By Maximilian Hess
In July, the Bear Market Blog examined how risks Moscow faced in the event of regime change and a subsequent default by Venezuela. This piece follows up by examining the strengths of Moscow’s position in a post-default restructuring with the Maduro regime still in place.
On 16 November, Venezuela was found to have formally defaulted on its debt. Venezuela had already been expected to be the most complex sovereign debt restructuring of all time, with various theories put forward as to how it can be best achieved given its inherent difficulty. These proposals skirt around the core issue, however: the first step in determining the viability of any proposition is to ask who benefits. Bondholders and the Venezuelan government have already begun discussions about restructuring despite the additional challenges posed by US sanctions on the Venezuelan regime and new debt issuances, as well as doubts over the Venezuelan regime’s stability amid hyperinflation. For any of these proposals to bear fruit they will have to pass one key litmus test: whether they can gain support from Russia and Rosneft.
The-PDVSA-is Venezuela and Venezuela-is-PDVSA restructuring.
Arguably the most prominent proposal is from Lee Buchheit, the “philosopher king of sovereign debt lawyers”, and his frequent collaborator Mitu Gulati, Duke University’s resident “Renaissance Man in Law”. Their proposal, formalized at the end of October, is to begin the process by recognizing that the distinction between debt issued by PDVSA (Venezuela’s state-owned oil and gas company) and debt issued by the Venezuelan sovereign should be consolidated.
Adam Lerrick of the American Enterprise Institute, another leading voice on sovereign debt issues, has put forward a similar proposal. Gulati points out their proposal differs from Lerrick’s on the question of what should happen to PDVSA’s oil assets, a key question for one major creditor in particular – Rosneft. Buchheit and Gulati “suggest that PDVSA pledge those assets to the Republic in consideration for the Republic’s assumption of PDVSA bond/promissory note liabilities (as opposed to transferring title to the assets back to the Republic). Such a pledge…should operate to shield the assets from attachment by holdout creditors”.
Effectively what Gulati and Buchheit are arguing is that this kind of transaction could make any holdout creditors unable to seize PDVSA assets, thus diminishing the incentive for non-consenting creditors. They cite the example of Iraq’s Paris Club Debt post-invasion. Baghdad was able to negotiate an 80% nominal write-off of its Paris Club debt, partly enabled by UN Resolution 1483, thus protecting its petroleum assets from any potential creditor actions. Iraq ultimately settled with private creditors (roughly equivalent to Venezuela’s bondholders in this instance): creditors with claims under $35m received a cash buyback equal to 10.25% of what they were owed (including accrued interest), while others received new securities through a series of debt-for-debt swaps, though this debt immediately began trading at below par value.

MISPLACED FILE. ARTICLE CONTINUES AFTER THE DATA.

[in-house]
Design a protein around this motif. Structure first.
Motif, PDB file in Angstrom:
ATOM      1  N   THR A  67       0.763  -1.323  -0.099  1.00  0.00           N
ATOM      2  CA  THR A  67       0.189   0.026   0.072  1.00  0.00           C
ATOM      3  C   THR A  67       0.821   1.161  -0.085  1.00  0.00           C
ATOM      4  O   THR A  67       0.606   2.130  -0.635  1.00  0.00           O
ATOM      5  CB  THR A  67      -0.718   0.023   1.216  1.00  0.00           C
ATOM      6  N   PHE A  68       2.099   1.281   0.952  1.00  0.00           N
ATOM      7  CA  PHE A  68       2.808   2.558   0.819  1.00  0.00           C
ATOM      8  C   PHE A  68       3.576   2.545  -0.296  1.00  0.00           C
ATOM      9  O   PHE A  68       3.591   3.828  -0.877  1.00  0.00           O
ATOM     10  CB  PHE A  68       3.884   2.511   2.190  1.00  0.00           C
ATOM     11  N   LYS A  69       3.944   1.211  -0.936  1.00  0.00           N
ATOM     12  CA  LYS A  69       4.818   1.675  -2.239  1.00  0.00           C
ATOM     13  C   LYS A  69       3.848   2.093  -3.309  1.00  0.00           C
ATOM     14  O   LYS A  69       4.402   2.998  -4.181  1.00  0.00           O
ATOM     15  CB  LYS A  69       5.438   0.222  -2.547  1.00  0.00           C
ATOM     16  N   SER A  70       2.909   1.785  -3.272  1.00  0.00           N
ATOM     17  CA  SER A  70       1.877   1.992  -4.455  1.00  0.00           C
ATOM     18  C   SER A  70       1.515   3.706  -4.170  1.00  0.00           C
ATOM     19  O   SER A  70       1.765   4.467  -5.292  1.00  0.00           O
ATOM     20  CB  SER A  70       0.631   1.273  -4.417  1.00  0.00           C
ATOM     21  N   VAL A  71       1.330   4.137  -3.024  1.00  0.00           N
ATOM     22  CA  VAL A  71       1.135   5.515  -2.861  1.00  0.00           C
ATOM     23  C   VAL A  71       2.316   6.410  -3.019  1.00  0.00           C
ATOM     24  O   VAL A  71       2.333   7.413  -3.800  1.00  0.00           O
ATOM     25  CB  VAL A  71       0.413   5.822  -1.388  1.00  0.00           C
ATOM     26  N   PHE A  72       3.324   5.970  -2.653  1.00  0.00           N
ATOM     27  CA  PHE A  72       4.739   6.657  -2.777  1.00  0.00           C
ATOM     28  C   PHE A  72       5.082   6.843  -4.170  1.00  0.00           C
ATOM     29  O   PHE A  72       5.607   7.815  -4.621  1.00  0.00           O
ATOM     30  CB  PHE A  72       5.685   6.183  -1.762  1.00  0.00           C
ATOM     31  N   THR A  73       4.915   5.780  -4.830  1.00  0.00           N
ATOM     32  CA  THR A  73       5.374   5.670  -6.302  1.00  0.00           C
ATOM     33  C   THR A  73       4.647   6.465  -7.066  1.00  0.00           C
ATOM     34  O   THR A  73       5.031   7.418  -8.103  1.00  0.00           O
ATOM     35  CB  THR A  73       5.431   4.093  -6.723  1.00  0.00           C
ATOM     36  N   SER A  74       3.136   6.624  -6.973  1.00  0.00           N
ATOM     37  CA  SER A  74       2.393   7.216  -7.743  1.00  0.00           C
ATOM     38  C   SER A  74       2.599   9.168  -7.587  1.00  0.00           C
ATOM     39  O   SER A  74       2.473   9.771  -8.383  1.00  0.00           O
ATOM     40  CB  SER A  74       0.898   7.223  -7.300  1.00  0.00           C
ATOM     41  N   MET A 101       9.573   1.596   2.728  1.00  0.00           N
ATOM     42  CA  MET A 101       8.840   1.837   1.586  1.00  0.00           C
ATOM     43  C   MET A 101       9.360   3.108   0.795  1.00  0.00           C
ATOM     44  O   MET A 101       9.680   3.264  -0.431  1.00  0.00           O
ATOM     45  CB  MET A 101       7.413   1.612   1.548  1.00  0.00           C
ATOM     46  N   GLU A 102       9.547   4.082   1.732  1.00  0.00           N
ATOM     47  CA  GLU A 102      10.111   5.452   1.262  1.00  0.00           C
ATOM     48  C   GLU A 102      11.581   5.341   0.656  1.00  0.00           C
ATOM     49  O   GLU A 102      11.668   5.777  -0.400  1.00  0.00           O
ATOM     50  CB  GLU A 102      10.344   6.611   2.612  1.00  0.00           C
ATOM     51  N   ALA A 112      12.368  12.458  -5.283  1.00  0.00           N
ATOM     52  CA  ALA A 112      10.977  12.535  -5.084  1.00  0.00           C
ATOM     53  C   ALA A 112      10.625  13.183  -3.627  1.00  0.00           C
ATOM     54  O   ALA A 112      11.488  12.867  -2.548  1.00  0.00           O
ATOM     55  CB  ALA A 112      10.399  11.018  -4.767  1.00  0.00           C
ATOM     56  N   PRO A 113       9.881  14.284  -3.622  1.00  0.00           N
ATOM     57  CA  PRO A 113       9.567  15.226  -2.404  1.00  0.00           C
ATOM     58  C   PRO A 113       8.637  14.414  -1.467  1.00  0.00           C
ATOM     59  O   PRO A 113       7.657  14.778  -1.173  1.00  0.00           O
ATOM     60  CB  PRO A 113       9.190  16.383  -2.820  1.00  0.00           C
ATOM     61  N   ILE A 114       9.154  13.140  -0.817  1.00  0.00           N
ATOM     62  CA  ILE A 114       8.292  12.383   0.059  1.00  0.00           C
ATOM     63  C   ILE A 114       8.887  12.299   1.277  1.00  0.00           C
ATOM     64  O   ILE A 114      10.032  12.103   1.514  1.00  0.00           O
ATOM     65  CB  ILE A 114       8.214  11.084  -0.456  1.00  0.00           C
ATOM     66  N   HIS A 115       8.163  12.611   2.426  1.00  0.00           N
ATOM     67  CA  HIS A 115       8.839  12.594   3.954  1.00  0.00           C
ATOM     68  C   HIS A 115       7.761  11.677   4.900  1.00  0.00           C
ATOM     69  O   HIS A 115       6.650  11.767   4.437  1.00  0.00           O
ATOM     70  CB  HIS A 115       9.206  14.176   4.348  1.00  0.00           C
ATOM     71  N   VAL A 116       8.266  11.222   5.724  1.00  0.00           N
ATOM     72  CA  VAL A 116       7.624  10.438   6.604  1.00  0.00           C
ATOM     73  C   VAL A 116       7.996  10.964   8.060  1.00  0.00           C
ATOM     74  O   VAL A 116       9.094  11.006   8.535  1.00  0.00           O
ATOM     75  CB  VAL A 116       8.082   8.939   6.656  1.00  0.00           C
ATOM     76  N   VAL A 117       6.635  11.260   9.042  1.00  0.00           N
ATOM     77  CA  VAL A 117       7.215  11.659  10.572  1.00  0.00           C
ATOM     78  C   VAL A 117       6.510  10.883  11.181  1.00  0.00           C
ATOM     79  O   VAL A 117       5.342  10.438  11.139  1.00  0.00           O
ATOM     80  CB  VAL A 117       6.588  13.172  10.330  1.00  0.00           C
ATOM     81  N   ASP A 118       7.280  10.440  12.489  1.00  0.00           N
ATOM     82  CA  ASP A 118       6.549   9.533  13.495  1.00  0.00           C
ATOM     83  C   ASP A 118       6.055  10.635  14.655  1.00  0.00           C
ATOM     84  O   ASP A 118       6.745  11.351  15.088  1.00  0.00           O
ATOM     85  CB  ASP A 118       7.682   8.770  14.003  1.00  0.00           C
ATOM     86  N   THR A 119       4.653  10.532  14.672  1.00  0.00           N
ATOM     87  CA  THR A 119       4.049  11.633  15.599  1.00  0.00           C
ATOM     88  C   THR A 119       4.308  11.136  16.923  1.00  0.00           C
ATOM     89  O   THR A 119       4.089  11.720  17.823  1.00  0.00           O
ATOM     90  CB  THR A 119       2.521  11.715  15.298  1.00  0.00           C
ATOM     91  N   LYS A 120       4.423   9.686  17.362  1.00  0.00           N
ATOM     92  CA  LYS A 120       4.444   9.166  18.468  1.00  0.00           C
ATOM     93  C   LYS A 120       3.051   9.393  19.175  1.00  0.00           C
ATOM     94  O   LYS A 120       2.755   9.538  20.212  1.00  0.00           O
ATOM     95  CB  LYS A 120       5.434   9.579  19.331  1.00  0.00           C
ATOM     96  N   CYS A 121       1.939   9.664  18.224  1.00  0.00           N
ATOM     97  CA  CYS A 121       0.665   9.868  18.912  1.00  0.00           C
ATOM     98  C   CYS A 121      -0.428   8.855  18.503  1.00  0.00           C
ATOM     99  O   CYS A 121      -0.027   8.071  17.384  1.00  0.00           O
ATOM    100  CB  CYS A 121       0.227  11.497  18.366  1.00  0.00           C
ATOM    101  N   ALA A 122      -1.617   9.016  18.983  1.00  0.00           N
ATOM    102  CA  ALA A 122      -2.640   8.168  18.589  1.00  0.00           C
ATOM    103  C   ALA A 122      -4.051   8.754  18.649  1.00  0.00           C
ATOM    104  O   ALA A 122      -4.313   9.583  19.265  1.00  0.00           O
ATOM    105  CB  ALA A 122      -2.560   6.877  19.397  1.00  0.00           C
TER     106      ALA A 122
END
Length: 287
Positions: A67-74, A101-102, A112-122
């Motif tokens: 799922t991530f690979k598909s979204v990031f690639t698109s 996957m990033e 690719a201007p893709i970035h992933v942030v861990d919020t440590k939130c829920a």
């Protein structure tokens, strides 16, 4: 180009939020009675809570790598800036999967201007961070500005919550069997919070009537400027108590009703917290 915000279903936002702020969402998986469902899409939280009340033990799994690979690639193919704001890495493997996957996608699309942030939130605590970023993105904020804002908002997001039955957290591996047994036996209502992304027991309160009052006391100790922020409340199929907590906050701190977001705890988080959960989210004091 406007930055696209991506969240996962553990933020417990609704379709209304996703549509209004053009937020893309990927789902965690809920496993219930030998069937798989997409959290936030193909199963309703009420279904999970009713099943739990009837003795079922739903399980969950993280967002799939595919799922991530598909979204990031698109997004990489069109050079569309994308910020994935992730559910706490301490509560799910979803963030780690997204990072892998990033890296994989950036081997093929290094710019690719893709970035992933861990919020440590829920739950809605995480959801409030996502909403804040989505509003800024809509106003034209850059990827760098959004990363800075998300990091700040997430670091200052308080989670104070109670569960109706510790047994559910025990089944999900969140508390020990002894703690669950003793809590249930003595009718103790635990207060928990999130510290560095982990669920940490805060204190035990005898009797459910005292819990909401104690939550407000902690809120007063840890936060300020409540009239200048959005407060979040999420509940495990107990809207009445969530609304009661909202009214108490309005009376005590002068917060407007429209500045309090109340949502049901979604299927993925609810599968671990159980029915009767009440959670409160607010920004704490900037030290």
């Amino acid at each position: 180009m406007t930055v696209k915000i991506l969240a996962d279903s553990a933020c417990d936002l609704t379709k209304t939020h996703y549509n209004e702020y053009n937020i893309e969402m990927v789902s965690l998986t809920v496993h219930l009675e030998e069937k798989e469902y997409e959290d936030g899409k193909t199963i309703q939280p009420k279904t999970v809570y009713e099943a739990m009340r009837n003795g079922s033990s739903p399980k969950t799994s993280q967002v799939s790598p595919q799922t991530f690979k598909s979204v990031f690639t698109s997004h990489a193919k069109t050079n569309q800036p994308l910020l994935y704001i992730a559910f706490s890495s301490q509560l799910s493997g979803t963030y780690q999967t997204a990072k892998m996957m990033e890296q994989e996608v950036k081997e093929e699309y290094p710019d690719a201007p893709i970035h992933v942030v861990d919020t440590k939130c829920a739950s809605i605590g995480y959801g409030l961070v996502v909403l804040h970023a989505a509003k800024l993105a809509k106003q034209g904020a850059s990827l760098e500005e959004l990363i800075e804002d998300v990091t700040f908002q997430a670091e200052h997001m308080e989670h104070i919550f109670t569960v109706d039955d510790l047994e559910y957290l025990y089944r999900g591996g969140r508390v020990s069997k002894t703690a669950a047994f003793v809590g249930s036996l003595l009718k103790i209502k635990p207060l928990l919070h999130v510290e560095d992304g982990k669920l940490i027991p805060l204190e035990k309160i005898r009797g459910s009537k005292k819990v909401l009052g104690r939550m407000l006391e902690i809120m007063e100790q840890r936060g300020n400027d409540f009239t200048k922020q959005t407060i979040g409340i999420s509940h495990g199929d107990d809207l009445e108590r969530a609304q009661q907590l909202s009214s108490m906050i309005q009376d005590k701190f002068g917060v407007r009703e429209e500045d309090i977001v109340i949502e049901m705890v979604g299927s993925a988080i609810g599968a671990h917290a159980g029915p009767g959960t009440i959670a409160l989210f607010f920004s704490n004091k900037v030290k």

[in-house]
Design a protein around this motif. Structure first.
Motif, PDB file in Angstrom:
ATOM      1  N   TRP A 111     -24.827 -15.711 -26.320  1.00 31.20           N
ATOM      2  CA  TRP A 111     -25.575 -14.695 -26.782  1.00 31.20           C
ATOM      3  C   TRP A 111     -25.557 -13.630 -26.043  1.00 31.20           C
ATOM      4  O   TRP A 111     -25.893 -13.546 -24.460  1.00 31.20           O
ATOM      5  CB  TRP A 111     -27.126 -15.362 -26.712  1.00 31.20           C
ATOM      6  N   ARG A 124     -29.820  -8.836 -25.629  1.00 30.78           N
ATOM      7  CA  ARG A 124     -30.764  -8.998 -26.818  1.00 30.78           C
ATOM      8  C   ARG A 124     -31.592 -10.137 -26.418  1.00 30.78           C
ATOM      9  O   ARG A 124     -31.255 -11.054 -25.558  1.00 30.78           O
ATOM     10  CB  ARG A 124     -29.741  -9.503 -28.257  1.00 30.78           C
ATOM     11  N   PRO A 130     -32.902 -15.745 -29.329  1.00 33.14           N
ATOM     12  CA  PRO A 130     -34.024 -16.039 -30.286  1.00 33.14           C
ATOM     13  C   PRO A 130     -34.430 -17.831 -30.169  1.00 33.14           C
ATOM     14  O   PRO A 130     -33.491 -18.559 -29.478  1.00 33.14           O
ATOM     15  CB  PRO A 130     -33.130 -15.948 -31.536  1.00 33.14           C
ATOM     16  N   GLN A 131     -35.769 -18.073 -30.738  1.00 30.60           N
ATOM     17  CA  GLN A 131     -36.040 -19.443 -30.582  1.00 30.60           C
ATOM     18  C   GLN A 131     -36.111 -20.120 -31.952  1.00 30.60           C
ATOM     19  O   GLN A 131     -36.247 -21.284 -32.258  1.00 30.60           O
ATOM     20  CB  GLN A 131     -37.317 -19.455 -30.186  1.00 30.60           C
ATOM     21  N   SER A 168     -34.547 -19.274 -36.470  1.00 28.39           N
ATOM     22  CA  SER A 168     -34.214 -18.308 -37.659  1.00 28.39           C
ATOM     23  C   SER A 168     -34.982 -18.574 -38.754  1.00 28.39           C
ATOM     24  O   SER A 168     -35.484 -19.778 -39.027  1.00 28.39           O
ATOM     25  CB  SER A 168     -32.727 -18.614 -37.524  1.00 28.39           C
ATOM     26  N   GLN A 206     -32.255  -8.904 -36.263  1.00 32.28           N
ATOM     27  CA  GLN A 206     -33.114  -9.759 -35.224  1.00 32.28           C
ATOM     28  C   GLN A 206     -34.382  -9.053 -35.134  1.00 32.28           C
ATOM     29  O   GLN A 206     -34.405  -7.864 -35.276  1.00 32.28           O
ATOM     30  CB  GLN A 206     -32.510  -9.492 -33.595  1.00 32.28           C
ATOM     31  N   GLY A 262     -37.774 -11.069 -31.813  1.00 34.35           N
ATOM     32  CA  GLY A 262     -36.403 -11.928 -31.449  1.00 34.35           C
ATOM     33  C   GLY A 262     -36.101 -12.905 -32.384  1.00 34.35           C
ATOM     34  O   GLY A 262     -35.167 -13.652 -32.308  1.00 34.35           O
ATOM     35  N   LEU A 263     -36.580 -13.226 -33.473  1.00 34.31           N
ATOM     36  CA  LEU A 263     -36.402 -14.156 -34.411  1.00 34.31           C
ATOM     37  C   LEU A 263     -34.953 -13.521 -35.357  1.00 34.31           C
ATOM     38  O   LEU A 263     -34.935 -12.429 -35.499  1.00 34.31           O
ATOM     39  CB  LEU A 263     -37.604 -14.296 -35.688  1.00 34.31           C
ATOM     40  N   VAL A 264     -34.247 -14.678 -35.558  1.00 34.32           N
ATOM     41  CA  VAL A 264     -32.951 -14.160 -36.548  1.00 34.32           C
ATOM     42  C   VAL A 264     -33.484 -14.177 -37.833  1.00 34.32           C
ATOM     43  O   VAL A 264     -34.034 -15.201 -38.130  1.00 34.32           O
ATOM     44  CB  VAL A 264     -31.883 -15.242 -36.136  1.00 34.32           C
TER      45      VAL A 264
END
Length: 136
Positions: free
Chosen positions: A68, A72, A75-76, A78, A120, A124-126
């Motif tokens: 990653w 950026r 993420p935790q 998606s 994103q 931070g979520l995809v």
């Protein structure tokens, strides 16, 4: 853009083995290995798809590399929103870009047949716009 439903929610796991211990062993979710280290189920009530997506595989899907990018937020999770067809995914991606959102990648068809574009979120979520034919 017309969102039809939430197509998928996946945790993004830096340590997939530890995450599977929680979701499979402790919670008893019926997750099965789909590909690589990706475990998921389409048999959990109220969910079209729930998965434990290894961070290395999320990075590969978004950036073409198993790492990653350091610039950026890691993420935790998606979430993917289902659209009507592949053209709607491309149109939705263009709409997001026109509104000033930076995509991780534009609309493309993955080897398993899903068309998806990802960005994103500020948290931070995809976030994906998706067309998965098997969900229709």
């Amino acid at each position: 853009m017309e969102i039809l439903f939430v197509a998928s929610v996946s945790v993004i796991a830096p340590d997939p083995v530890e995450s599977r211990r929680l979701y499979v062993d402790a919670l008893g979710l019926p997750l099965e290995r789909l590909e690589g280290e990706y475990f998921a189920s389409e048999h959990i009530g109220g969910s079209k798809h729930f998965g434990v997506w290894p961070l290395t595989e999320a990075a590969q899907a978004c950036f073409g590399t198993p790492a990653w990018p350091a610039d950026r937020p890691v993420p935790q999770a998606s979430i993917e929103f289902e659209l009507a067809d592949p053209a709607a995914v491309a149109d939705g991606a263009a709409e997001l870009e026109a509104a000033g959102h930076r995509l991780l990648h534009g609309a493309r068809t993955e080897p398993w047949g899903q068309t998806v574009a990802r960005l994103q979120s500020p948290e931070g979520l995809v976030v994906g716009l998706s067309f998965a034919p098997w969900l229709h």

Russia also played a role in the Iraqi restructuring, agreeing in 2008 to write off some 93% of the almost $13bln Baghdad owed it, restructuring the remaining $900m over 17 years. The deal reportedly included guarantees Russia’s largest private oil company, Lukoil, would be able to return to developing the West Qurna field, having initially won the concession in 1997 under then-President Saddam Hussein. Lukoil was awarded a contract to return to the field in 2009.
The circumstances in Venezuela are far more favorable for Russia than they were in Iraq’s restructuring although it is highly unlikely to be able to secure a similar UN Resolution, making Gulati and Buchheit’s suggestion less than directly comparable. Unlike Rosneft, Lukoil did not have the heft of being a sub-sovereign entity, and the US invasion of the country and backing for its nascent government gave Washington a substantial say over how events played out. In Venezuela, the situation is nearly reversed, with Rosneft and Moscow holding major levers over both the Venezuelan economy and its government.